The Angel's Game

In Carlos Ruiz Zafón's breathtaking new novel, The Angel's Game, the author demonstrates a much wider range and self-assurance than in his international bestseller, The Shadow of the Wind. When struggling writer David Martin visits the Cemetery of Forgotten Books, a magical place first introduced to readers in Zafón's earlier novel, he leaves a book he wishes to save and chooses a book he promises to protect. After he loses the love of his life to another man, a despondent Martin accepts an offer from an unusual publisher to write a book that he promises will make Martin immortal. The task thrusts him into a strange web of long-buried secrets, double-crosses, and madness. Zafón's use of language is often playful in a Borgesian way: " is a mystery. A sanctuary. Every book, every volume you see, has a soul. The soul of the person who wrote it and the soul of those who read it and lived and dreamed with it. Every time a book changes hands, every time someone runs his eyes down its pages, its spirit grows and strengthens." Much of the novel's energy also derives from Martin's sarcastic sense of humor, especially in conversations with a young assistant. Ultimately, though, the appeal of The Angel's Game lies in its careful portrait of Martin and its exploration of what it really means to love someone. Readers who appreciate books, romance, and intrigue will find this novel a subtle, unforgettable, and satisfying page-turner.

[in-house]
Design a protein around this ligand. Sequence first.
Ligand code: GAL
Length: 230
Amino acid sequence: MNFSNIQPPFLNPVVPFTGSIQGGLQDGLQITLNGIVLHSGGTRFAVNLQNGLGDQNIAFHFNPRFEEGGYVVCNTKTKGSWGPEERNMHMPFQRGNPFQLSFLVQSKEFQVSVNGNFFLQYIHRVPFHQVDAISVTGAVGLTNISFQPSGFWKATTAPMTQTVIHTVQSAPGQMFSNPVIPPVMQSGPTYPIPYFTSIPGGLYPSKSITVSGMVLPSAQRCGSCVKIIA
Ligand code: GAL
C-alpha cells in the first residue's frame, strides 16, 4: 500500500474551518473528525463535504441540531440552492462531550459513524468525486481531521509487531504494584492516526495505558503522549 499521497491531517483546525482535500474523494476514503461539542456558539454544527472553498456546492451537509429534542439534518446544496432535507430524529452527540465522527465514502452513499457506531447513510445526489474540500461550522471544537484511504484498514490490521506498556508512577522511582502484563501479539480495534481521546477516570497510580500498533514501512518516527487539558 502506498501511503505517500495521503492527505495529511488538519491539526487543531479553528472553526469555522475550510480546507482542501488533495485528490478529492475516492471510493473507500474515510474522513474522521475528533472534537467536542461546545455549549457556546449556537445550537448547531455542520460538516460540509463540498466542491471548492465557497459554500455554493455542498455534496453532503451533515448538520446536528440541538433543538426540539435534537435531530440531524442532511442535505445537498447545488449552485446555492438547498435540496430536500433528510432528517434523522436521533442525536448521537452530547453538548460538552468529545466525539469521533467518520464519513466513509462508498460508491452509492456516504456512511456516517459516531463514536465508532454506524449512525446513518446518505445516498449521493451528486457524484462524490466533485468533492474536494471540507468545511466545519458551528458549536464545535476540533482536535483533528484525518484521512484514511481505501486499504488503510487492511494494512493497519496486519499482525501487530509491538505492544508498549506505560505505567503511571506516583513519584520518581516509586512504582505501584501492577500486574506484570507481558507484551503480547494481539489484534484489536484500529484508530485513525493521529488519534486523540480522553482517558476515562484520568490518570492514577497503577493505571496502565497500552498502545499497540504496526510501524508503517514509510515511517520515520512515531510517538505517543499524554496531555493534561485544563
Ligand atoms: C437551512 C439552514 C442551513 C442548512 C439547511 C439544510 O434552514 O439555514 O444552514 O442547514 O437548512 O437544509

April 24: "[The HST] lifted a curtain from our view of the universe, changing it so profoundly that no human can look at the stars in the same way..."

Kenneth Calhoun (Black Moon) and Lysley Tenorio (Monstress) of the Discover Great New Writers program on B-movies, heritage, and finales.

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Books, CDs, DVDs to know about now
In the Light of What We Know

Zia Haider Rahman's mystery of a brilliant Bangladeshi mathematician's past barrels through the Ivy League, London high finance, and spy-haunted Afghanistan in a page-turning tale of exile, intrigue and the price of friendship. A Discover Great New Writers selection.

The People's Platform

Once touted as the foundation for tomorrow's digital democracy, the Internet is increasingly ruled by a few corporate giants, while millions of contributors till its fields for free. Astra Taylor looks at why the web has failed to deliver a communitarian cyberscape, and offers a compelling case for restoring its original vision.

A Private Venus

Dubbed "the Italian Simenon," Giorgio Scerbanenco (1911-1969) began his crime-writing career with books set in the USA, but quickly shifted scene closer to home, the city of Milan.  In this adventure, appearing in English for the first time, his underdog hero Dr. Duca Lamberti finds himself in the middle of a seedy, scantily clad criminal racket, where the presence of an outsider could result in death.